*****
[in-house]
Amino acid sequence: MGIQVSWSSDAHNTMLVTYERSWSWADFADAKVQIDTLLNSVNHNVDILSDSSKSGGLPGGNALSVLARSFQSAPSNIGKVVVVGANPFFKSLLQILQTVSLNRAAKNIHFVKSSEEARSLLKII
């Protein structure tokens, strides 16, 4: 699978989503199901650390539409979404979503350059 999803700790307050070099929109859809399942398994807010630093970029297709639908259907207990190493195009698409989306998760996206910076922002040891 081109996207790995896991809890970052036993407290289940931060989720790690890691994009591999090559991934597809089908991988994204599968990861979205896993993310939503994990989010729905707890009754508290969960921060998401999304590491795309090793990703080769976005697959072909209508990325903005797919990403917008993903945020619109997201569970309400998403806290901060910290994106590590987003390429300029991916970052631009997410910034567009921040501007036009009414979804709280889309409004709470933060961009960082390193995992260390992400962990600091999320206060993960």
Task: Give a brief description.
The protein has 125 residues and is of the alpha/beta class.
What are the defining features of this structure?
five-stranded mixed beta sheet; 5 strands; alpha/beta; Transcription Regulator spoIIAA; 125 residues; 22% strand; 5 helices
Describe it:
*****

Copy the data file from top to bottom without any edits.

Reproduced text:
[in-house]
Amino acid sequence: MGIQVSWSSDAHNTMLVTYERSWSWADFADAKVQIDTLLNSVNHNVDILSDSSKSGGLPGGNALSVLARSFQSAPSNIGKVVVVGANPFFKSLLQILQTVSLNRAAKNIHFVKSSEEARSLLKII
């Protein structure tokens, strides 16, 4: 699978989503199901650390539409979404979503350059 999803700790307050070099929109859809399942398994807010630093970029297709639908259907207990190493195009698409989306998760996206910076922002040891 081109996207790995896991809890970052036993407290289940931060989720790690890691994009591999090559991934597809089908991988994204599968990861979205896993993310939503994990989010729905707890009754508290969960921060998401999304590491795309090793990703080769976005697959072909209508990325903005797919990403917008993903945020619109997201569970309400998403806290901060910290994106590590987003390429300029991916970052631009997410910034567009921040501007036009009414979804709280889309409004709470933060961009960082390193995992260390992400962990600091999320206060993960």
Task: Give a brief description.
The protein has 125 residues and is of the alpha/beta class.
What are the defining features of this structure?
five-stranded mixed beta sheet; 5 strands; alpha/beta; Transcription Regulator spoIIAA; 125 residues; 22% strand; 5 helices
Describe it: